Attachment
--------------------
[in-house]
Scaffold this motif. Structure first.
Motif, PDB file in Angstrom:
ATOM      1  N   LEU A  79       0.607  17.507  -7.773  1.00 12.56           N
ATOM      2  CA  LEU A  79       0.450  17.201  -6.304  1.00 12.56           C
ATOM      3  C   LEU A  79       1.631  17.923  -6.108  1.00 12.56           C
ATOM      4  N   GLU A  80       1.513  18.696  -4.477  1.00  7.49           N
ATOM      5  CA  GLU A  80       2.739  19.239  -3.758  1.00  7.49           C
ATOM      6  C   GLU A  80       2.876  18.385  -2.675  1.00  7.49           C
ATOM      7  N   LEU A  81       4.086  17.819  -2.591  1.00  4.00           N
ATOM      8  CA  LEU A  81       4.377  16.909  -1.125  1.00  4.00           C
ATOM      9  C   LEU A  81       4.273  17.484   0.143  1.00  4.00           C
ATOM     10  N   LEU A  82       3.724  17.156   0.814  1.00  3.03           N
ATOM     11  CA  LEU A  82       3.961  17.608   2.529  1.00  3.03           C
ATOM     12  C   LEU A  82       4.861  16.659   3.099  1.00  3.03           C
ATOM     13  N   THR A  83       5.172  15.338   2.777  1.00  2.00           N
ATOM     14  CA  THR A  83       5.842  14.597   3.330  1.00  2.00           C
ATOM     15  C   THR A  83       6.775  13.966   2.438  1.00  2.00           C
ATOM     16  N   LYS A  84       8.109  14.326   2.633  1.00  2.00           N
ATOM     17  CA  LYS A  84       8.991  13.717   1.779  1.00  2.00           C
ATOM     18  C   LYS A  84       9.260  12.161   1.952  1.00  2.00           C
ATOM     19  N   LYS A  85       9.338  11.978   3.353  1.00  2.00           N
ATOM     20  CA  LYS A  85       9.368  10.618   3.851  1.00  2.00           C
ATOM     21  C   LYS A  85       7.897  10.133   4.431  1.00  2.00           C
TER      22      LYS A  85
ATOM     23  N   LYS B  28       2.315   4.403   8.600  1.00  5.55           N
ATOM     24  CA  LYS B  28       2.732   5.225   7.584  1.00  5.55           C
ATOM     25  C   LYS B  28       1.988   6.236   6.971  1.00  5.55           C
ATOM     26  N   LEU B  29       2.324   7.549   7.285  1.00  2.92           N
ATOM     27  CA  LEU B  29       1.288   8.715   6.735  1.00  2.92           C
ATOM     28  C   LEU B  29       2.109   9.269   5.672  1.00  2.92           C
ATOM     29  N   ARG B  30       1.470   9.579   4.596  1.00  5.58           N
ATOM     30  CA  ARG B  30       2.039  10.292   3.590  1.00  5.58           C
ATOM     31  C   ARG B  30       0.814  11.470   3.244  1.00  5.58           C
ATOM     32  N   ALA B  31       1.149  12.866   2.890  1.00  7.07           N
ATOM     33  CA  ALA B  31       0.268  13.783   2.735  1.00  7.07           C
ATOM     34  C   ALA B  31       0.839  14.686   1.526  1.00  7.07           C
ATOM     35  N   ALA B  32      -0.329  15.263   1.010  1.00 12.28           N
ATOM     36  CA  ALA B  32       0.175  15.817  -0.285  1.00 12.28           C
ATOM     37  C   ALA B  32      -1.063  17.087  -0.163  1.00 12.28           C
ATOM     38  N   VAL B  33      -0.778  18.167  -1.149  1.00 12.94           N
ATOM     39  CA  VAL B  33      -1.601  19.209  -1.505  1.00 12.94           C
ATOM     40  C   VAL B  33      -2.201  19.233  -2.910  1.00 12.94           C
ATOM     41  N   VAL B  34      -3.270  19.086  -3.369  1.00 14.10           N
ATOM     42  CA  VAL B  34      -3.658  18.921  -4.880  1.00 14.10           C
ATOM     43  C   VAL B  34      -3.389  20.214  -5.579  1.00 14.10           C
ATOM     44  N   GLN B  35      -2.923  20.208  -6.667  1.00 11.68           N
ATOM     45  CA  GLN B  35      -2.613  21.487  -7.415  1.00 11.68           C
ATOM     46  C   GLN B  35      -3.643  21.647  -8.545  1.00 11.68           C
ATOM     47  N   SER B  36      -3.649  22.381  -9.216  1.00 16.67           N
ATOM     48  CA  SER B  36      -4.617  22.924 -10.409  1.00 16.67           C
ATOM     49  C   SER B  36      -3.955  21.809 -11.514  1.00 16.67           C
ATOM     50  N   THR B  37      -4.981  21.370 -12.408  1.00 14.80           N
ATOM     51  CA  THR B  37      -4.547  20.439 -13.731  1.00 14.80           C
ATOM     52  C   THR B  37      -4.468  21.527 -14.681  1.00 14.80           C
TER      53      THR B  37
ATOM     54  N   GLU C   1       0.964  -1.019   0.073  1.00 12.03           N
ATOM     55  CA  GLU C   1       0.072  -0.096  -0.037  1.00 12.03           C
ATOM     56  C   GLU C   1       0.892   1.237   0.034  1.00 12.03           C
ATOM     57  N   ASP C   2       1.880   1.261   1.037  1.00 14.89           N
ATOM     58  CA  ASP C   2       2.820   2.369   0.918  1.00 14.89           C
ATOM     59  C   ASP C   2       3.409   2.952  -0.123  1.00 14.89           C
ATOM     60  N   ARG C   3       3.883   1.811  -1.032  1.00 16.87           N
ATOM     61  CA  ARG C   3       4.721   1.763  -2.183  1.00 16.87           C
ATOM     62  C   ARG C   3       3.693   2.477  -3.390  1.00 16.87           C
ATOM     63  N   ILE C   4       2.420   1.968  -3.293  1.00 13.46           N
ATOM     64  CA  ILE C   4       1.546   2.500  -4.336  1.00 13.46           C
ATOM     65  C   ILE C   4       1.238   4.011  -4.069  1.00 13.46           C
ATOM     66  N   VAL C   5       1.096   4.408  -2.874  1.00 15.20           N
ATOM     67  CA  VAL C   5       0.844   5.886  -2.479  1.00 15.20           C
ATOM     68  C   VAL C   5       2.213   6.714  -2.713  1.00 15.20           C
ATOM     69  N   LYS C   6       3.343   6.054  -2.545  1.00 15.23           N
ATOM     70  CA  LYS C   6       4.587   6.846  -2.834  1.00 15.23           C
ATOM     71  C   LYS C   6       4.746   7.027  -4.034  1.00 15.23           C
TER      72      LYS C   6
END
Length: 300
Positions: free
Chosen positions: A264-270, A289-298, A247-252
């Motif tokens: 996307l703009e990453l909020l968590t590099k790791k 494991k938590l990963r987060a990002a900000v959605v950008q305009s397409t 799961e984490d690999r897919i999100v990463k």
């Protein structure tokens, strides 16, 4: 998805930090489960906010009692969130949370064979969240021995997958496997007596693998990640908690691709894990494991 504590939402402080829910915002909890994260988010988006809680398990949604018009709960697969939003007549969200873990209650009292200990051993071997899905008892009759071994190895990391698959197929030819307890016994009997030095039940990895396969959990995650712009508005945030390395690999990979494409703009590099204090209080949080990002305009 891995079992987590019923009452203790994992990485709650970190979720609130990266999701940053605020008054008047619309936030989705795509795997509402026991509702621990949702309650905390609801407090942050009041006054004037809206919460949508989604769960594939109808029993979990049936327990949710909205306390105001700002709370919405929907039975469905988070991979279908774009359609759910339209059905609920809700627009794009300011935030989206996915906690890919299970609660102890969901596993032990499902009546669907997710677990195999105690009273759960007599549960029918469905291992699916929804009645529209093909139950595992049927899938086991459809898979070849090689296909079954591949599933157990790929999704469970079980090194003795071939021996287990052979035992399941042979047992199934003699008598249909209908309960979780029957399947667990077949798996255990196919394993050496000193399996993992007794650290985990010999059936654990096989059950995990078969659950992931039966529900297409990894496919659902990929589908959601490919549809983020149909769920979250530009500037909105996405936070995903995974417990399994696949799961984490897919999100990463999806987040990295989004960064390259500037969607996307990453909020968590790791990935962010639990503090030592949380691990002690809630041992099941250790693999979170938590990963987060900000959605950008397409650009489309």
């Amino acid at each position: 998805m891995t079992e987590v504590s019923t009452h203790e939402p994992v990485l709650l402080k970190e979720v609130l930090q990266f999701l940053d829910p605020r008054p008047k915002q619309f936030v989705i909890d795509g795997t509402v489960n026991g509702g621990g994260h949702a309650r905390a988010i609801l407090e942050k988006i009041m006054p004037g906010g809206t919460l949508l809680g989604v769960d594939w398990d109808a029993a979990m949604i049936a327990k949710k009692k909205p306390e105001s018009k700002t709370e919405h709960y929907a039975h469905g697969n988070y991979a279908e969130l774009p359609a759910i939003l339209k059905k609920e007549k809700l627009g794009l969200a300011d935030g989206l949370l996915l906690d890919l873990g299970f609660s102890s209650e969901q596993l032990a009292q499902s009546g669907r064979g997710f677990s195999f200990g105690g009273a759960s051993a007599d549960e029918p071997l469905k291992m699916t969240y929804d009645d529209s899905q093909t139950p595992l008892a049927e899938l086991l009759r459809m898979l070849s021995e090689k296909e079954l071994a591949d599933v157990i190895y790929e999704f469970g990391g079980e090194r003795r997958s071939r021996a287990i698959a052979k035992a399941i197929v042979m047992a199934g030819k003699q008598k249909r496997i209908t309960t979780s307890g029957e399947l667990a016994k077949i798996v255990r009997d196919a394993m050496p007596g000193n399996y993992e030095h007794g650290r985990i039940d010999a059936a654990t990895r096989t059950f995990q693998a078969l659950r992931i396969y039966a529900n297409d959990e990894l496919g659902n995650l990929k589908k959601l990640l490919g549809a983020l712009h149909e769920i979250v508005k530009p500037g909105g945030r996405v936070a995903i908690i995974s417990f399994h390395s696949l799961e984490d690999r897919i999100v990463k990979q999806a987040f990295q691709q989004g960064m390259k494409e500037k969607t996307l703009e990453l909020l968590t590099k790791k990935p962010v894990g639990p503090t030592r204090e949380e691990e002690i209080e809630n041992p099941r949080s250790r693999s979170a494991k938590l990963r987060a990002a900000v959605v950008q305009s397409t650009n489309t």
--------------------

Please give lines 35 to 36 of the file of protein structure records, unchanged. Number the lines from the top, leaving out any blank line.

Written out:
ATOM     32  N   ALA B  31       1.149  12.866   2.890  1.00  7.07           N
ATOM     33  CA  ALA B  31       0.268  13.783   2.735  1.00  7.07           C